More inherited opinion on a place that lots of folks here know, but one that really hasn't been discussed: Sabatino's on Irving near the Kennedy. You either love it or you wonder what the big deal is. Anyway, I was there recently and had a fantastic meal. While all sorts of free stuff "comes with" you should still try the house-cured bresaola (or the antipasto platter, which includes it and very good salume) before dinner. I'd add the veal chop to the list of big-deal bargains below in this old post. Save room for table-side flaming desserts.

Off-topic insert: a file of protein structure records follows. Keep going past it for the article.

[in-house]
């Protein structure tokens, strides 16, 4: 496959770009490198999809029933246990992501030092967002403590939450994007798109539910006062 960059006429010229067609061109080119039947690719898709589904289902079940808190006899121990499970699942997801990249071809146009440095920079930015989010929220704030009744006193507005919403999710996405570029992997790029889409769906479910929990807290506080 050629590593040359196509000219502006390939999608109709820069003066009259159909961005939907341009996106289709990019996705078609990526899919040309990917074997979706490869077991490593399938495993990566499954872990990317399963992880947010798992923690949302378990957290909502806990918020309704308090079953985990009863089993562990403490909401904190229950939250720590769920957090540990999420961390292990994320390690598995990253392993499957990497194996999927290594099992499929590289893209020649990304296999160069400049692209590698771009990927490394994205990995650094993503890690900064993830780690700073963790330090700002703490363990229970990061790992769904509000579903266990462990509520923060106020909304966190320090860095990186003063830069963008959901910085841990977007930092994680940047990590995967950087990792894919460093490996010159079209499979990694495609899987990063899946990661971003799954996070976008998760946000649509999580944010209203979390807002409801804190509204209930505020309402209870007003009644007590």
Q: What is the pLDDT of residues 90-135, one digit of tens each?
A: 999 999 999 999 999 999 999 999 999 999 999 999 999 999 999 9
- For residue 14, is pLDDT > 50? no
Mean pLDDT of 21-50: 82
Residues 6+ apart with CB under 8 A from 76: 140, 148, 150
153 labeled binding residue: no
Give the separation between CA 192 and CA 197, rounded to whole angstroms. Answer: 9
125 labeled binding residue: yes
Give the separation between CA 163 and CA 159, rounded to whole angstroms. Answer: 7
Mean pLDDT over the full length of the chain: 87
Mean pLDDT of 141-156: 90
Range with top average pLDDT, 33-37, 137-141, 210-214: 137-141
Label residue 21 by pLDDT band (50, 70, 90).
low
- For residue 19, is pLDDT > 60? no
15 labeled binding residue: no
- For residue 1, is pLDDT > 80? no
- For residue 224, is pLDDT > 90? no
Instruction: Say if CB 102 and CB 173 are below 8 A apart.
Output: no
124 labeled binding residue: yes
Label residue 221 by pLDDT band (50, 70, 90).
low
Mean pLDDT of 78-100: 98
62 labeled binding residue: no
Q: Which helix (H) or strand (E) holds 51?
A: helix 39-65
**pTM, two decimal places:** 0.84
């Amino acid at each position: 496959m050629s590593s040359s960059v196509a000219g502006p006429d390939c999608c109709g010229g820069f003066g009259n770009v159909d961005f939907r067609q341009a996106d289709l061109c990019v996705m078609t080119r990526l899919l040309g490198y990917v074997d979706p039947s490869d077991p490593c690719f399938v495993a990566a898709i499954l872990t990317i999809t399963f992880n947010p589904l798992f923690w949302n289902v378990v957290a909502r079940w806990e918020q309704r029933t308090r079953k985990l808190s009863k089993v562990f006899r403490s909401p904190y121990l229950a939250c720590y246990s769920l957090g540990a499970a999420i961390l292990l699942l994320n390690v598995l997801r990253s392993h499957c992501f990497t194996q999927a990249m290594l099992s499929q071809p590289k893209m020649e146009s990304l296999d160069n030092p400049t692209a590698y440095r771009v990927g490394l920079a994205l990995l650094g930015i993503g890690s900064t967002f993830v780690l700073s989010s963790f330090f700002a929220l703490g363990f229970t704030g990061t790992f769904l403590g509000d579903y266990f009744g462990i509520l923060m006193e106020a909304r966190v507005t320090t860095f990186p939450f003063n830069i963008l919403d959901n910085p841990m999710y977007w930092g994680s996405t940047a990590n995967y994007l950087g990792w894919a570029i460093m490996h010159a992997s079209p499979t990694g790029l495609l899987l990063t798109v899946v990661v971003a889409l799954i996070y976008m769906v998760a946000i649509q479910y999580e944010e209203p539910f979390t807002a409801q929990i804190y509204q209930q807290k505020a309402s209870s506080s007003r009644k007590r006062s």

Chicago-Italian places that time forgot, [include] Sabatino's and the recently-ruined Biasetti's (the ambiance, including the 1977-vintage NFL helmets at the bar, has been lost to a late, ill-conceived makeover by the new management; however, I must confess the steaks are now better and the North Side (baked) ribs remain the genre's benchmark). Sabatino's is, IMO, several notches higher in terms of food quality and early David Lynch style. Indeed, I rank it above Cafe La Cave, Myron and Phil's (Jewish variation on the theme) and Francesco's Hole in the Wall among my only-in-Chicago experiences. When you go, be sure to stick to the theme: anything with "parmagiana," "vesuvio," or "De Jonghe" in the name is safe. Special meat and fish preparations usually fail. Finally, if you are up to it, the kitchen seems to give special attention to certain heavy-hitter entrees such as the zuppa di pesce and the NY strip, both of which are huge, surprisingly good, and priced at about 50% of what they should be. The pound of lobster in the former dish continues to amaze me and supports my theory that much of the produce here has fallen off a truck. They make a very solid Manhattan (the natural choice in a place like this) too.